Friday, October 29

plain talk

My boss, who's French, told me she has trouble understanding my English: it is too complicated, she said. Actually, I told her, I think it's too simple.

I've been consciously moving away from Latinate, academic language toward more basic, plain speaking, relying more on Anglo-Saxon words. Maybe that's the problem. Something I read in Bill Bryson's Mother Tongue might explain the problem. After Scandinavians and Normans conquered England (or Angleterre, as it's called in French), only about 4,500 of these Old English words survived.
And yet those surviving words are among the most fundamental words in English: man, wife, child, brother, sister, live, fight, love, drink, sleep, eat, house, and so on. They also include most of the short 'function' words of the language: to, for, but, and, at, in, on, and so forth. As a result, at least half the words in almost any sample of modern English writing will be of Anglo-Saxon origin. According to another study cited by McCrum, every one of the 100 most common words in English is Anglo-Saxon. To this day we have an almost instinctive preference for the older Anglo-Saxon phrases.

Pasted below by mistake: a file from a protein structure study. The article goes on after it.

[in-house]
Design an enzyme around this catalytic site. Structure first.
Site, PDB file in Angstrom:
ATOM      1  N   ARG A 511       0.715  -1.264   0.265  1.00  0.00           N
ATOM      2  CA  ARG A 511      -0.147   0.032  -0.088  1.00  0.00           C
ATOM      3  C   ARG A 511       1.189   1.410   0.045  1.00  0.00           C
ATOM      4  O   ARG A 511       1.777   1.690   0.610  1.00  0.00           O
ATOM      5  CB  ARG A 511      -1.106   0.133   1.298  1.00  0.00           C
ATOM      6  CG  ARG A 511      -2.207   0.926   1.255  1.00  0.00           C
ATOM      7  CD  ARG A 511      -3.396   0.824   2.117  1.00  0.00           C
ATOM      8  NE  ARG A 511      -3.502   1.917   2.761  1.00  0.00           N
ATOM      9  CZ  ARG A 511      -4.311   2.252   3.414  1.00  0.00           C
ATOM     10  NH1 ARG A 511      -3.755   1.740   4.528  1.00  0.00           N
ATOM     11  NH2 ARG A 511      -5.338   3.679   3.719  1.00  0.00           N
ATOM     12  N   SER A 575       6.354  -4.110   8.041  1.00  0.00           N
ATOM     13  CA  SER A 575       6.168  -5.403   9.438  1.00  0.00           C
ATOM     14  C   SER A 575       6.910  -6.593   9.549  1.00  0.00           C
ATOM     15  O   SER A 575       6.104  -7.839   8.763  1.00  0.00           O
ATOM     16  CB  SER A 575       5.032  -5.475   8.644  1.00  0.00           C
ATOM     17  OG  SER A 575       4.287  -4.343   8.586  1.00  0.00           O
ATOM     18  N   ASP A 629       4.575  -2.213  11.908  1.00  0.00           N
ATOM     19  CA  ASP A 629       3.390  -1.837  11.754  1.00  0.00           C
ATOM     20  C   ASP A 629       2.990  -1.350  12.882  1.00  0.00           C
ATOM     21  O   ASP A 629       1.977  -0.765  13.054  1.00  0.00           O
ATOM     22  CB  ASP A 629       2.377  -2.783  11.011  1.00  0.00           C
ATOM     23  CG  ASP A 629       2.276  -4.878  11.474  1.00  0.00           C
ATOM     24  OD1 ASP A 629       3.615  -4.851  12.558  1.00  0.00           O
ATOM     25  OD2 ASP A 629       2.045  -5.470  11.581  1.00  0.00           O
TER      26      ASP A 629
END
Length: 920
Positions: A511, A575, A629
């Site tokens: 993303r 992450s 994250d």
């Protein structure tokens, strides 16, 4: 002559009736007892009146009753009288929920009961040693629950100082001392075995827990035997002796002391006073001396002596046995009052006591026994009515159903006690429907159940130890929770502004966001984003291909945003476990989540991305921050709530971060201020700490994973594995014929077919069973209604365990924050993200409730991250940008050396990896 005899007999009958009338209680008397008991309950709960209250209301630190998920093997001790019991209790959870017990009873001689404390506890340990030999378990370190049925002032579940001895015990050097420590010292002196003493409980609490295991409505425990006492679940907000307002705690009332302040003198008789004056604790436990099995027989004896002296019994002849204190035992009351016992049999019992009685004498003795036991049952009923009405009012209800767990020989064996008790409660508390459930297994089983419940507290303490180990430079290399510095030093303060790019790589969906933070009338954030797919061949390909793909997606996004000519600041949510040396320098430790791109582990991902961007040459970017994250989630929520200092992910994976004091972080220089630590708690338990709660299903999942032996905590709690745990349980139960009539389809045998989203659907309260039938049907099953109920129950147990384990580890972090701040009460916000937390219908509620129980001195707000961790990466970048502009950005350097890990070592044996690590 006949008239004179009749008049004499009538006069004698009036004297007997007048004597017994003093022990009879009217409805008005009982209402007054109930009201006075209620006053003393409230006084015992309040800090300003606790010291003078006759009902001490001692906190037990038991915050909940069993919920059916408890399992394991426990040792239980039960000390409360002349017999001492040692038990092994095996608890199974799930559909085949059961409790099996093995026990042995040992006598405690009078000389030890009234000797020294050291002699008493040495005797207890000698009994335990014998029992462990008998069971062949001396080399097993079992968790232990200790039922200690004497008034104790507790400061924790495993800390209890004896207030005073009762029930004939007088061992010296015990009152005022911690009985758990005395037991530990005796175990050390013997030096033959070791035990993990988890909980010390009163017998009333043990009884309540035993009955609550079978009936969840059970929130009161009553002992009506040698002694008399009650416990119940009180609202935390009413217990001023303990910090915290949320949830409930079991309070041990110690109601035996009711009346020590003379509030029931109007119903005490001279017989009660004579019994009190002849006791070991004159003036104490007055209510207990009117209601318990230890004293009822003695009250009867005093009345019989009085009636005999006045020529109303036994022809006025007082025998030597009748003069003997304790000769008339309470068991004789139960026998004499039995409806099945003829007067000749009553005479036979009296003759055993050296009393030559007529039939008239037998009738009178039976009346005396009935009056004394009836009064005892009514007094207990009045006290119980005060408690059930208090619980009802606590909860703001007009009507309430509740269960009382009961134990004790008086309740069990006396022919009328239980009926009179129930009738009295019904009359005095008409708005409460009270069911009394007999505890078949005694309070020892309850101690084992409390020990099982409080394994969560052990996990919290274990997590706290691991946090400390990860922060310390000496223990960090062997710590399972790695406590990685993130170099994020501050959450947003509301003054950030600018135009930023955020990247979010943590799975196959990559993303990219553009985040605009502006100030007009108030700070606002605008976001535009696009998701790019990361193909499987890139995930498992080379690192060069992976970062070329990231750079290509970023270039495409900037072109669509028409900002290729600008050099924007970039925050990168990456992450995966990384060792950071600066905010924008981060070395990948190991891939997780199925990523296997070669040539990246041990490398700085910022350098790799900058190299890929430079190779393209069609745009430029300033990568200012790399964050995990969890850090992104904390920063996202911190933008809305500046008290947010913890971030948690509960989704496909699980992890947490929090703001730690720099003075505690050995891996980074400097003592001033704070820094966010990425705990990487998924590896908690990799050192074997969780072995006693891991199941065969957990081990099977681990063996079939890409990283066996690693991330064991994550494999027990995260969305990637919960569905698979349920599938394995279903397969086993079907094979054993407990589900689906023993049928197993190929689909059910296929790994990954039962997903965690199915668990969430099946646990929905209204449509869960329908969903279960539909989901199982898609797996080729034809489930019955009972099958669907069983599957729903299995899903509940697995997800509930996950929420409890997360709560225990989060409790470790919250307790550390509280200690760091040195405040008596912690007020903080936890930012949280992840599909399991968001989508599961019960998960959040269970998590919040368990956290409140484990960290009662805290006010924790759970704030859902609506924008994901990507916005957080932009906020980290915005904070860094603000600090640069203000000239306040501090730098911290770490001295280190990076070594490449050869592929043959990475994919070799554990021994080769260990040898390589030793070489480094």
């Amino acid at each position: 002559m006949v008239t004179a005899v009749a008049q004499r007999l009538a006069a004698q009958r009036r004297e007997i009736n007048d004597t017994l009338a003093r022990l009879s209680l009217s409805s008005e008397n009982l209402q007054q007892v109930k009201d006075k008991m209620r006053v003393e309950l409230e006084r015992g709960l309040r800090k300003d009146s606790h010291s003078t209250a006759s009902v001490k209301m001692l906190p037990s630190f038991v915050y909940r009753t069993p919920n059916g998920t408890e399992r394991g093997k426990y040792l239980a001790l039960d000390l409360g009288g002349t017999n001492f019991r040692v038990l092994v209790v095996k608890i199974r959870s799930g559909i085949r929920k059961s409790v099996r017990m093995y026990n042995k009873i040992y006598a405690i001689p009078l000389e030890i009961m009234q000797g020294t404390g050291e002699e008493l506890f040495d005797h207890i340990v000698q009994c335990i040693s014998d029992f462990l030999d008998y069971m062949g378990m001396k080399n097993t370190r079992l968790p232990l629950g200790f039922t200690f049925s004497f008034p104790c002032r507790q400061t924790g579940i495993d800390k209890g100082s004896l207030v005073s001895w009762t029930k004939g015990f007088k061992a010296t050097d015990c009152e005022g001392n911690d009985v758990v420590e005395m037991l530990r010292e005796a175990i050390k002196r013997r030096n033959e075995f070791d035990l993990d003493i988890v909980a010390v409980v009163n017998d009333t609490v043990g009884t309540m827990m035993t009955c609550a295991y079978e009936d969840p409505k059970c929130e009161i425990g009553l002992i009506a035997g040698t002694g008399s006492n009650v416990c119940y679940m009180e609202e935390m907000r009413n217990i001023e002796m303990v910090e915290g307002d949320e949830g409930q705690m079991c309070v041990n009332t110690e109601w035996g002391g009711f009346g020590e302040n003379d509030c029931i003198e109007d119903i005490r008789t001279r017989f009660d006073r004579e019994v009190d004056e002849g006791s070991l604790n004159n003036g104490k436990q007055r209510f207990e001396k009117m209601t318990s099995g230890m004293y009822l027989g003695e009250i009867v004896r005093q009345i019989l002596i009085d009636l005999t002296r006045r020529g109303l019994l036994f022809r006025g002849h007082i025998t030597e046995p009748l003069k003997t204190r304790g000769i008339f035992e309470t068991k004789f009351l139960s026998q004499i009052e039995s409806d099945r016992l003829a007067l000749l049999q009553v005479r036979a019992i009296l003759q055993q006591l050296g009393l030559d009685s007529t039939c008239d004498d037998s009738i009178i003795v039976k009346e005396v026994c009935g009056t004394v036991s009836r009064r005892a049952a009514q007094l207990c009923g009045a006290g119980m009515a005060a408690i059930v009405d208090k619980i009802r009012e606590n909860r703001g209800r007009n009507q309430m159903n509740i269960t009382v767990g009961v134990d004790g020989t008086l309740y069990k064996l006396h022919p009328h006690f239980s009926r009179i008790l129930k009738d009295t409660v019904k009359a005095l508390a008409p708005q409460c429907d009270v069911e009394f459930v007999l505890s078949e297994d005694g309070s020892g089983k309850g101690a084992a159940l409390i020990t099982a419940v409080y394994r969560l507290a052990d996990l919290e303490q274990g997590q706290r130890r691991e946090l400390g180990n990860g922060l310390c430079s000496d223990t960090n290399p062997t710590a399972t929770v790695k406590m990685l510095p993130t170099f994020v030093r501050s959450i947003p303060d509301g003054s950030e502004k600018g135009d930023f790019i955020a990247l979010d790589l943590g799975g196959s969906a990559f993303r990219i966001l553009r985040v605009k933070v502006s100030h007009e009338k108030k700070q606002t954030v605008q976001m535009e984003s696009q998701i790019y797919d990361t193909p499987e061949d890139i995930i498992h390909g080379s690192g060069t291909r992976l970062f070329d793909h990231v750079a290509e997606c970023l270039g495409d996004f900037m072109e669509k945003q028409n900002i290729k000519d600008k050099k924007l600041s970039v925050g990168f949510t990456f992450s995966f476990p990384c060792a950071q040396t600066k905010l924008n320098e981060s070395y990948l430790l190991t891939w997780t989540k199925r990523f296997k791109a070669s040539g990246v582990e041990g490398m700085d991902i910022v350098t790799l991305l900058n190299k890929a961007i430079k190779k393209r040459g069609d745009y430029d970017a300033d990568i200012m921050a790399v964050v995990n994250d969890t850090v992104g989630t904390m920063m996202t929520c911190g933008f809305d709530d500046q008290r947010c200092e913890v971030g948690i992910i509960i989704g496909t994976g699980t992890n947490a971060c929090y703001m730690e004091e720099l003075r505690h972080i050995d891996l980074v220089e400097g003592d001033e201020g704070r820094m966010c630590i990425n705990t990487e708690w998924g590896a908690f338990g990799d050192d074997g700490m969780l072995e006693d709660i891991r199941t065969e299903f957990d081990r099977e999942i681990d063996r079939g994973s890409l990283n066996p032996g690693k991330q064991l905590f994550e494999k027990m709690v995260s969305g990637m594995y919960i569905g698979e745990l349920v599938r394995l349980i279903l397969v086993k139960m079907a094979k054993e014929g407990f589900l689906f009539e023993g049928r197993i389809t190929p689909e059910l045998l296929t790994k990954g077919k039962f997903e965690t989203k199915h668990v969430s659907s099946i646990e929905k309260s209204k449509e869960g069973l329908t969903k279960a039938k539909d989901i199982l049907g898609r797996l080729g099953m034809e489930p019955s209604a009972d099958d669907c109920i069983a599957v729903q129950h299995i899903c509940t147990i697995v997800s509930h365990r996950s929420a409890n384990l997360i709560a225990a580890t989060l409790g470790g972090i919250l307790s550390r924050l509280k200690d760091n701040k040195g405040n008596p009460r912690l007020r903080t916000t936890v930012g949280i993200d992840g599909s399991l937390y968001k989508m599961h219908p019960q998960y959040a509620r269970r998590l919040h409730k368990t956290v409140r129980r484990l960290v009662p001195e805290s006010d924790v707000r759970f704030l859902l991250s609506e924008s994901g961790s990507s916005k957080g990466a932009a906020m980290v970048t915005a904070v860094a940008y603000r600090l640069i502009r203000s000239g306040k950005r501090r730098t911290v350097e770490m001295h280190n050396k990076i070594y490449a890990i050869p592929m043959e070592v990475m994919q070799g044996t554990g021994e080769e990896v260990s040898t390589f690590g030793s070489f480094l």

So basically, the easier a person's English is to understand for native English speakers, the harder it is for native French speakers. No wonder there's a cultural divide.


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